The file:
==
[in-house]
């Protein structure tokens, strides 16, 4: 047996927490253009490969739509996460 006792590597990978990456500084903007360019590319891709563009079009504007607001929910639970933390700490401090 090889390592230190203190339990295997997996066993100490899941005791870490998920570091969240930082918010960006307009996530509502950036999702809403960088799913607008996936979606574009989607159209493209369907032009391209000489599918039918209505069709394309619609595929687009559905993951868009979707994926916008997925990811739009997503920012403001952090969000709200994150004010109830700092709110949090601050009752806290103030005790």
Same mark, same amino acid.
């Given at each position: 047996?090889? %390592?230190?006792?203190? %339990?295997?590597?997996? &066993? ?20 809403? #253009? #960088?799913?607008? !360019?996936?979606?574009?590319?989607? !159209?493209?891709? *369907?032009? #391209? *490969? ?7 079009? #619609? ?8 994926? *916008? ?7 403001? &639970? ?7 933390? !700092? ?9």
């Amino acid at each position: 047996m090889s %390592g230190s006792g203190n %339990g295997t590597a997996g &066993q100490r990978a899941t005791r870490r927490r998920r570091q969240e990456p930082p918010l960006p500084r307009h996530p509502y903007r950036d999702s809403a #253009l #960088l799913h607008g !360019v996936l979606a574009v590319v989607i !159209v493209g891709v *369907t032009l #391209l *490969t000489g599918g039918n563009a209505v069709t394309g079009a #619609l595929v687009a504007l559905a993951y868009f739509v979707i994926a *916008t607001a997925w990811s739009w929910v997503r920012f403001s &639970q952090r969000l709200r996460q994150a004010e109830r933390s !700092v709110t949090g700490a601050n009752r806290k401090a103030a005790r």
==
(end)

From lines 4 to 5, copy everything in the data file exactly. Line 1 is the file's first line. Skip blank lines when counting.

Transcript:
């Given at each position: 047996?090889? %390592?230190?006792?203190? %339990?295997?590597?997996? &066993? ?20 809403? #253009? #960088?799913?607008? !360019?996936?979606?574009?590319?989607? !159209?493209?891709? *369907?032009? #391209? *490969? ?7 079009? #619609? ?8 994926? *916008? ?7 403001? &639970? ?7 933390? !700092? ?9």
């Amino acid at each position: 047996m090889s %390592g230190s006792g203190n %339990g295997t590597a997996g &066993q100490r990978a899941t005791r870490r927490r998920r570091q969240e990456p930082p918010l960006p500084r307009h996530p509502y903007r950036d999702s809403a #253009l #960088l799913h607008g !360019v996936l979606a574009v590319v989607i !159209v493209g891709v *369907t032009l #391209l *490969t000489g599918g039918n563009a209505v069709t394309g079009a #619609l595929v687009a504007l559905a993951y868009f739509v979707i994926a *916008t607001a997925w990811s739009w929910v997503r920012f403001s &639970q952090r969000l709200r996460q994150a004010e109830r933390s !700092v709110t949090g700490a601050n009752r806290k401090a103030a005790r």